What Is Emotional Wellness?
Studies have shown that emotional wellness leads to happiness. Here's how.
Posted Oct 10, 2019 | Reviewed by Ekua Hagan
October is Emotional Wellness Month and emotional wellness is critical to our well-being and health. Mental health is one of today’s major health challenges, as approximately one in five individuals suffers from a mental health episode each year.
Emotional wellness is a term often used in spiritual circles, and it can often serve to fend off mental challenges, but what is it, and what does it really mean to be emotionally well?
According to the National Center for Emotional Wellness, the term refers to an awareness, understanding, and acceptance of your emotions, and your ability to manage effectively through challenges and change. When you’re tuned into your feelings, then you can more easily become aware of your bodily sensations. The more you act on your feelings and emotions, the more reliable they become. Remaining in the present moment and adhering to a sense of mindfulness, without looking back too much into the past or the future, is also very important for your emotional well-being.
Being emotionally well encourages you to slow down and fosters the practice of mindfulness. Being emotionally well doesn’t necessarily mean that you’re happy all the time, but rather, that you’re self-aware and able to shift as a way to feel better. Being emotionally well leads to a happier and more blissful life, and also allows you the opportunity to attain your full potential.
For the most part, being human means having challenges and problems; however, it’s all about how you deal or cope with those issues that determines your emotional wellness. It’s also about embracing all the goodness in your life and looking at your glass as half-full rather than half-empty.
Here are some questions to help you ascertain if you’re maintaining a sense of emotional wellness:
- How do you treat others in your life, both personally and professionally? Those who are emotionally well tend to be more sensitive and compassionate about the needs of others, and in general, are more spiritually generous.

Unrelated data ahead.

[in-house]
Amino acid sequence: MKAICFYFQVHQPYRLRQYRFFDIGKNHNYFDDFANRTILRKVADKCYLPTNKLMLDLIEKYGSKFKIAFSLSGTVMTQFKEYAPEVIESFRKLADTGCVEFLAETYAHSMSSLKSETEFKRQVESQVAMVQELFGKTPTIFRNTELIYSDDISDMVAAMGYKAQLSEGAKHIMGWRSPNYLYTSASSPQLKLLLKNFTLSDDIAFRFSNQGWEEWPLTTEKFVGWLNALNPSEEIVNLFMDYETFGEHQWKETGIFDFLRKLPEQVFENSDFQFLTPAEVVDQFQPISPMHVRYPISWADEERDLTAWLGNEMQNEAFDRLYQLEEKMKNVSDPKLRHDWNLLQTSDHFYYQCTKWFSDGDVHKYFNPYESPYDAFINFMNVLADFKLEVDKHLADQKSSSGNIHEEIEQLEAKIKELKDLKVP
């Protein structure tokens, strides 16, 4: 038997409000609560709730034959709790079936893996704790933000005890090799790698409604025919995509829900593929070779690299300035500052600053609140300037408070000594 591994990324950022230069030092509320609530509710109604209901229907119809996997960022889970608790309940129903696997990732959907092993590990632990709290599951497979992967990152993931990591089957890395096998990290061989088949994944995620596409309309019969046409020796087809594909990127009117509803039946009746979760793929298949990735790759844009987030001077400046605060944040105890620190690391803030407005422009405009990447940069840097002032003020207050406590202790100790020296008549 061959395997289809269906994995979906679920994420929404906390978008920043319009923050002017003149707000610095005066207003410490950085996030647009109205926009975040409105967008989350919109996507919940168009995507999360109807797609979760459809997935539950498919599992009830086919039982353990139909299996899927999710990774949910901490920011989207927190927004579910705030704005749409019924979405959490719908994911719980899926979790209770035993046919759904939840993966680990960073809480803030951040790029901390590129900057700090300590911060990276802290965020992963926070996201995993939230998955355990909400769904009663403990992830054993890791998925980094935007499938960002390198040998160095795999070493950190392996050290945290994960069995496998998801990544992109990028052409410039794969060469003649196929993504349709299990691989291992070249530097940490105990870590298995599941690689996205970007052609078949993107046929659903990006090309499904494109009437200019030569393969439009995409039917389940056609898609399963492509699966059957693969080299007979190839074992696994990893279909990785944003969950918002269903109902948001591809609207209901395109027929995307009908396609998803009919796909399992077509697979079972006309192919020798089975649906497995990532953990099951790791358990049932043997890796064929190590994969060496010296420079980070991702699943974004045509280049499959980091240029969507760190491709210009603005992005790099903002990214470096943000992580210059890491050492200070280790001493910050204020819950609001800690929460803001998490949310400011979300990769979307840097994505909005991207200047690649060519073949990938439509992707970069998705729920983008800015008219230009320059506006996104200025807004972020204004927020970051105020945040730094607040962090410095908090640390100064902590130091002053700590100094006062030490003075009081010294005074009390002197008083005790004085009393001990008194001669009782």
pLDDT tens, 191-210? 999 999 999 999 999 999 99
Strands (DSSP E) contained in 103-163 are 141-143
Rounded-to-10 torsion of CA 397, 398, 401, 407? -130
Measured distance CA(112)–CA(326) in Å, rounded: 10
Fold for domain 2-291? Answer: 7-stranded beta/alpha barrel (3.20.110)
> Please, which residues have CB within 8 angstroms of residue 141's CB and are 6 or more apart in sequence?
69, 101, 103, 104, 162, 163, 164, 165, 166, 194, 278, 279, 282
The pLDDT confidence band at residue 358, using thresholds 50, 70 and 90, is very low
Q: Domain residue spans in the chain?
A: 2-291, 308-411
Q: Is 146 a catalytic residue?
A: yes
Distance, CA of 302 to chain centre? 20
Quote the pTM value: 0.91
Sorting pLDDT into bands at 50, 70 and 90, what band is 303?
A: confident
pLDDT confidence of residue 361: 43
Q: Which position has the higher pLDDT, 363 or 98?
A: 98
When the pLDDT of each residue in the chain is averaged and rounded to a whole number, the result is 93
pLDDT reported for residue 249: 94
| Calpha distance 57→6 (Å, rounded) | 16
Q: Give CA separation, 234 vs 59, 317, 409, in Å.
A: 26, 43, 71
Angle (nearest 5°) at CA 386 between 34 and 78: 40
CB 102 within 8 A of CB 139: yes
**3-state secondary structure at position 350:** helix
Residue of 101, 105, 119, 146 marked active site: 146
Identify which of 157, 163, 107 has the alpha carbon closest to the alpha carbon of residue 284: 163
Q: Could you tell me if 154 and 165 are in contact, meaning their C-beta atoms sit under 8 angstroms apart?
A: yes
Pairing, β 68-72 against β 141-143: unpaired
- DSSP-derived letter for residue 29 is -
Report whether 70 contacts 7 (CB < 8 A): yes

- Are you grateful? Emotionally healthy people feel gratitude for their lives and for all the goodness they experience. They’re appreciative of what they do have rather than bemoaning what they do not have. They usually count all their life’s blessings, and this does not always pertain to money or material objects, but rather, relates to more spiritual aspects of their lives.
- Are you happy with the person you are? Those who are emotionally healthy are usually content with themselves. They might feel as if they’re living the lives they’ve always wanted to live. They also take care of themselves physically and psychologically by doing what is beneficial for them. And, they’re rarely complainers, but instead, might be seekers who are often trying to become better people and help those around them do the same. They might also engage in positive self-talk.
- Are you open-minded and flexible? This means that you’re self-aware and listen to the thoughts and musings of yourself and others. Also, you do not feel attached to any particular dogma or philosophy but are willing to hear the viewpoints and musings of others.
- Do you have a life purpose? Those who do generally have a well-developed sense of well-being because they have a reason to wake up in the morning. They also have a tendency to see life’s bigger picture. They tend to know their core values, what’s most important to them, and how to focus on those values. Their purpose gives life meaning, whether it’s professional, family oriented, or community oriented.
- Do you have ways to manage your stress? Those who are emotionally stable have their own ways of navigating the stressors in their lives, whether it’s meditation, exercise, talk therapy, or creative pursuits such as art, music, or writing. They’re able to maintain a balance between work and play.
In general, maintaining a sense of well-being in our everyday lives can relate to both the positive and negative activities in our daily routines (Garling, Gamble, Fors, Hjerm, 2014). Positive well-being leads to happiness, whereas negative well-being tends to lead to depression and mental challenges. If we all try to maintain a good sense of emotional wellness, then this world will definitely be a better place, but it takes a group effort, and there’s no time like the present to begin!
Fiorcco, A, and S. Mallya. (2014). “The Importance of Cultivating Mindfulness for Cognitive and Emotional Well-Being in Late Life.” Journal of Evidence-Based Internal Medicine.
Garling, G., Gamble, A, Fl Fors & M. Hjerm. (2014). “Emotional Well-Being Related to Time Pressure, Impediment to Goal Progress and Stress-Related Symptoms. Journal of Happiness Studies. 7(15), pp. 2789–1799.
Lerner, M. (2019). The Center for Emotional Wellness, Inc.
Vaughan, F. (1998). Mental, Emotional and Body-Based Intuition. In Inner Knowing by H. Palmer, Ed. New York, NY: Jeremy P. Tarcher, pp. 185–194.